Dacher Keltner is a social psychologist who focuses on the prosocial emotions, such as love, sympathy and gratitude, and processes such as teasing and flirtation that enhance bonds. He has conducted empirical studies in three areas of inquiry. A first looks at the determinant and effects of power, hierarchy and social class. A second in concerned with the morality of everyday life, and how we negotiate moral truths in teasing, gossip, and other reputational matters. A third and primary focus in on the biological and evolutionary basis of the benevolent affects, including compassion, awe, love, gratitude, and laughter and modesty. Professor Keltner is Co-Director of The Greater Good Science Center and the author of Born to Be Good.
Question: What indicates a moral decline in the United States?
Keltner: I’d put my finger on 3 that really reveal at this broad level the decline of our, not only are the moral standing of our culture elsewhere but also the just the social fabric of our culture. One, UNICEF’s study 2004 rank the social well-being of children in 21 industrialized nations, and this is in terms of their happiness and their health and their connection with friends and physical health, and we ranked 20th out of 21, and so if cultures are judged by how they take care of vulnerable individuals, we are not fairing well. A second is the literature on trust. Trust is this amazing glue of social bonds, facilitated by oxytocin, vagus nerve, regions of the nervous system we study and the degree to which American citizens trust each other has dropped precipitously in 15 years. Now, this is pre-Obama and I’d suspect there’s been a boost, a significant boost, and third, all the data on where our culture stands in the eyes of other cultures is unequivocal and we have dropped, we plummeted as a nation to respect in the past 8 or 10 years. So, those are pretty strong indicators of where we are.
Question: Is our moral decline connected to a loss of religious life?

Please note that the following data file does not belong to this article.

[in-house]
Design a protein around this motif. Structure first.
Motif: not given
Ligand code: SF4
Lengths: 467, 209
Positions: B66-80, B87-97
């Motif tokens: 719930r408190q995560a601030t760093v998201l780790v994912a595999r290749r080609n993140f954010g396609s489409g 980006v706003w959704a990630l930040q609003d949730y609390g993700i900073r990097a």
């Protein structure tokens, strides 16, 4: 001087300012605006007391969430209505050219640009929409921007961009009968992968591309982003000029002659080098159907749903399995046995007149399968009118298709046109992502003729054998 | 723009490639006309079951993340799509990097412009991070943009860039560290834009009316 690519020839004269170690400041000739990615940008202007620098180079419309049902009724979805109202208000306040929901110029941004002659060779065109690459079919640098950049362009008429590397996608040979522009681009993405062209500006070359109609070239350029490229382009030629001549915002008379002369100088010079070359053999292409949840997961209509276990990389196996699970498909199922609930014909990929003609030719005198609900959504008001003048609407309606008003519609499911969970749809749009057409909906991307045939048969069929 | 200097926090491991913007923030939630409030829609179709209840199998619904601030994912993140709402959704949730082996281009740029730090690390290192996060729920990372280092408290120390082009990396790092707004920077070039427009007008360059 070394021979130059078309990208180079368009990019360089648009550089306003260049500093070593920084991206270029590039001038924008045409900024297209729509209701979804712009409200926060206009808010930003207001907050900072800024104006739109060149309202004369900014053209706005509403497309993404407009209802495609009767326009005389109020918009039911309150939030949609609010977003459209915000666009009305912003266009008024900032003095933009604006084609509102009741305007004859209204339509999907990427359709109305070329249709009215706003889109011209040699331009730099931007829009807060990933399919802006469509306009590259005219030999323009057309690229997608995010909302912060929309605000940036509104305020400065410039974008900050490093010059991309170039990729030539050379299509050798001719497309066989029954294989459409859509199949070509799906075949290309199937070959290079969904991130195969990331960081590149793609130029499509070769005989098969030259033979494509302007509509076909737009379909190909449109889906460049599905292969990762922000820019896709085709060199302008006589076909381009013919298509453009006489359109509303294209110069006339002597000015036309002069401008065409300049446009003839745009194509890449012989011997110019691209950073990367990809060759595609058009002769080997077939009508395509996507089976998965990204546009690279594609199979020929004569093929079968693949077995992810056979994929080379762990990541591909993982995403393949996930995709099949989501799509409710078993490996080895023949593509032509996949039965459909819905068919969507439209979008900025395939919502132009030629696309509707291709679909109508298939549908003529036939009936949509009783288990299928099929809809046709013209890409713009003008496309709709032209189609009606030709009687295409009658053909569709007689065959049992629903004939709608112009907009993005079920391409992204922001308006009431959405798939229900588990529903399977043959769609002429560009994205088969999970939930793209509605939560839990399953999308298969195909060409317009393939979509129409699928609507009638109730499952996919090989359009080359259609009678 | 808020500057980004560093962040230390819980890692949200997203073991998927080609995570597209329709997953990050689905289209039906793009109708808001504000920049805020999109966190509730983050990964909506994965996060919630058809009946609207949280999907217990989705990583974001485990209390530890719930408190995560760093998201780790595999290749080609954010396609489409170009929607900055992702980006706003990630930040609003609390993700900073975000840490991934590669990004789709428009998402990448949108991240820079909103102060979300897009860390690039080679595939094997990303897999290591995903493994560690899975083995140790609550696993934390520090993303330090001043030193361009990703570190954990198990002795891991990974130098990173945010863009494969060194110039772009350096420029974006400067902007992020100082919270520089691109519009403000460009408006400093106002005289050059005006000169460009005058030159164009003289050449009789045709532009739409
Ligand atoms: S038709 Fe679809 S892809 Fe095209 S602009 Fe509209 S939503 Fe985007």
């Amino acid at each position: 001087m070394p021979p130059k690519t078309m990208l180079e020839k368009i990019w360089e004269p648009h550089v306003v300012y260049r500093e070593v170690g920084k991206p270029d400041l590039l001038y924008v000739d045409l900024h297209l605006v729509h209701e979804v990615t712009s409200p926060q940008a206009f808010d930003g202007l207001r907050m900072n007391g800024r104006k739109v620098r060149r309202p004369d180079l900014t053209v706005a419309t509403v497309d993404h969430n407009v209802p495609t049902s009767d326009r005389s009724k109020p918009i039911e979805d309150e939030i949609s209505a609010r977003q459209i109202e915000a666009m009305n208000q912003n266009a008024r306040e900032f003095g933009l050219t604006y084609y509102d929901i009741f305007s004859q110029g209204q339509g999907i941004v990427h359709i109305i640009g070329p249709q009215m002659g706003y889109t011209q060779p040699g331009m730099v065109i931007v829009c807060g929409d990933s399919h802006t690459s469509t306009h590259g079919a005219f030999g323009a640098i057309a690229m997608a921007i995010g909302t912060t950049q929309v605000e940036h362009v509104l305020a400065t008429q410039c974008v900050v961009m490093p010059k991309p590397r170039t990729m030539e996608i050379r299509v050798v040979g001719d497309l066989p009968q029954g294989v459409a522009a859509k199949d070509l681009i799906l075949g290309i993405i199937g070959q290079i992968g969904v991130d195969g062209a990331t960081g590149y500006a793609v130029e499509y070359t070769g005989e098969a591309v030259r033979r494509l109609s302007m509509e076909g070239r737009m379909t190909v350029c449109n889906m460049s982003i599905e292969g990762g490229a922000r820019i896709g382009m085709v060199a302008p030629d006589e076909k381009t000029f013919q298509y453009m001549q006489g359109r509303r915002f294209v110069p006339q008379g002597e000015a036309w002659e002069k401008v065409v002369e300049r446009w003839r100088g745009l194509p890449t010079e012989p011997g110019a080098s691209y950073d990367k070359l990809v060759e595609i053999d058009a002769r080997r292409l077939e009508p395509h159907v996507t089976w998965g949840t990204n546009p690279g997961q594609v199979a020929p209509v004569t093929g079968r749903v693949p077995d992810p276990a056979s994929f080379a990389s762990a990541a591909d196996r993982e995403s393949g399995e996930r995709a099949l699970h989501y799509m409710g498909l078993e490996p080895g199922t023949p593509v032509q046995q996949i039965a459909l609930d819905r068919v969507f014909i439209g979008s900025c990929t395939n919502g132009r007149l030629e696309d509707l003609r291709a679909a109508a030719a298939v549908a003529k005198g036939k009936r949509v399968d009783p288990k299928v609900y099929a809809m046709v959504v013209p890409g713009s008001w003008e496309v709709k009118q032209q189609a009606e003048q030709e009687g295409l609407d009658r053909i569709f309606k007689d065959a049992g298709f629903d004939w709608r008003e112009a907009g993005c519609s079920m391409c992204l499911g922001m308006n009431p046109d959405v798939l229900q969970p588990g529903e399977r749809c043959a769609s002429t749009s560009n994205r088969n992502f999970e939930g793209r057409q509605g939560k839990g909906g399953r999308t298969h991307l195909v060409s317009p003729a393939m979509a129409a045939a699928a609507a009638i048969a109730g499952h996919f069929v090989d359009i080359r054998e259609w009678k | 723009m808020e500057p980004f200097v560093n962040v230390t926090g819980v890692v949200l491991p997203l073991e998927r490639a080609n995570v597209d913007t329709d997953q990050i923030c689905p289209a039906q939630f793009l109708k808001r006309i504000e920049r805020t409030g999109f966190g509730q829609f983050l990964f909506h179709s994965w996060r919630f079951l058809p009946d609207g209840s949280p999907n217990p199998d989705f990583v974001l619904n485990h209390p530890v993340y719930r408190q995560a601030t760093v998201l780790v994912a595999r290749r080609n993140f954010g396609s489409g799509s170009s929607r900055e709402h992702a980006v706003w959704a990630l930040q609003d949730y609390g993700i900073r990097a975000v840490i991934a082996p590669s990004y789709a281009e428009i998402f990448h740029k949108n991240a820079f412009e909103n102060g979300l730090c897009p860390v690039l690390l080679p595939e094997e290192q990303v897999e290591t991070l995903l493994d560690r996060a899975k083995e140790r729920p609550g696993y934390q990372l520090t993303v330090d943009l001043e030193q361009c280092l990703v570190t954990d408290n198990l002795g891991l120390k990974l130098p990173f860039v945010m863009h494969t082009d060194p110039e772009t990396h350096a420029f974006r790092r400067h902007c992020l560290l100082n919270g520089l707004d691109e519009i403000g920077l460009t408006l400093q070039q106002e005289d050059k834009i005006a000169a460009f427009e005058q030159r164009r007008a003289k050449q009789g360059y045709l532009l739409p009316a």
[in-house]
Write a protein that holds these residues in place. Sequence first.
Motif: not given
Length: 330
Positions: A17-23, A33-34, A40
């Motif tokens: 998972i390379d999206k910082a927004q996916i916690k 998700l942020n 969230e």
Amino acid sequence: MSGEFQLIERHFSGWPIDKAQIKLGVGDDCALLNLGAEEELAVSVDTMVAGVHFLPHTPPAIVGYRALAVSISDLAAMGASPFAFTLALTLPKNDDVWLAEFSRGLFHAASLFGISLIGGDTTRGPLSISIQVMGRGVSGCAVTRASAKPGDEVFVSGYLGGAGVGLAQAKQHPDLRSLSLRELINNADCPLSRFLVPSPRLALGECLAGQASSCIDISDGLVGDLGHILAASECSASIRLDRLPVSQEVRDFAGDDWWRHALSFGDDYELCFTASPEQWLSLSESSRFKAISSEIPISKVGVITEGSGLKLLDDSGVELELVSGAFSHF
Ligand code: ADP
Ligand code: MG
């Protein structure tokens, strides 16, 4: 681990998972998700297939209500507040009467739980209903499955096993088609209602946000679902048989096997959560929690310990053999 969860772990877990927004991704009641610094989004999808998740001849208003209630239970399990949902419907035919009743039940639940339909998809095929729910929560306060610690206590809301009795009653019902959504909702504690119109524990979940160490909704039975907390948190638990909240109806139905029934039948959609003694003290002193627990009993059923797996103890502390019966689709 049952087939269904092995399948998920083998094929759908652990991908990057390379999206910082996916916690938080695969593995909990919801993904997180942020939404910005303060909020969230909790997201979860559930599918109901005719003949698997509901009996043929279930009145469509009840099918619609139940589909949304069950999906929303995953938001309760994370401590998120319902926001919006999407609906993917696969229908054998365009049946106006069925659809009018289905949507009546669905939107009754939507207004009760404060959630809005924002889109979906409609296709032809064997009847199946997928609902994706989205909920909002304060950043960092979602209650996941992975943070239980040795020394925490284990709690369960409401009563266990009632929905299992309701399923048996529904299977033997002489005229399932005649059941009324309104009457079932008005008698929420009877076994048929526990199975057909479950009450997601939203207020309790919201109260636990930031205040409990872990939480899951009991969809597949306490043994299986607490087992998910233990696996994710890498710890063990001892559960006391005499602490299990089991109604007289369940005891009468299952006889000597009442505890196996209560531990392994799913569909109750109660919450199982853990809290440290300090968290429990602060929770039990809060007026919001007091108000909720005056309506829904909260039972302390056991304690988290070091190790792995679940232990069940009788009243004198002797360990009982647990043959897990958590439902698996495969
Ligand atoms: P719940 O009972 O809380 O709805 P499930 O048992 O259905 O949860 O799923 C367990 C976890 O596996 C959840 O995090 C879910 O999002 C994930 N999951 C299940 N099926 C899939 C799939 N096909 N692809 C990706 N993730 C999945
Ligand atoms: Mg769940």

Keltner: I see spiritual tradition and spiritual organizations as derivative of something more basic that we’ve lost which is what people like Confucius and other and what you see in streams of Buddhism have really cultivated which is an everyday set of intuitions and ethics that build up strong communities and these are things like, you know, just the rudiments of respect toward others, being affectionate, you know, we’ve talked about it today, being complimentary, sacrificing yourself for others, those are all things that evolution has designed us to do and regrettably when I look at those indicators of our poor cultural health, I put my finger on the decline of emotions like gratitude and compassion and reverence in our culture.
Question: Are anti-depressive drugs a sign of our moral slide?
Keltner: As an empiricist and as a scientist, I’d want to see the data and I know that a lot of the [end-things] I-do-drugs work and so you have to take, have faith in that, and you also have to know, you know, the prevalence of the depressions and the anxieties in our culture today, and in many cultures and how powerful those conditions are. You want things that can mitigate those symptoms in the short term, so my take on the rise of those particular drugs is that we have to meet these cultural anxieties in some fashion but again, you know, by the way, I problematize that, you know. It gets too easy. We start medicating kids with young nervous systems, with untested drugs. That’s bad news and that I worry about and if my daughters, one of my daughters had a real kind, a deep source of anxiety or a depression or early depression, I’ll do everything that’s possible before turning to drugs. I think they’re symptoms of, you know, the isolated age we live in and there are easier ways to return to a deeper sense of connection.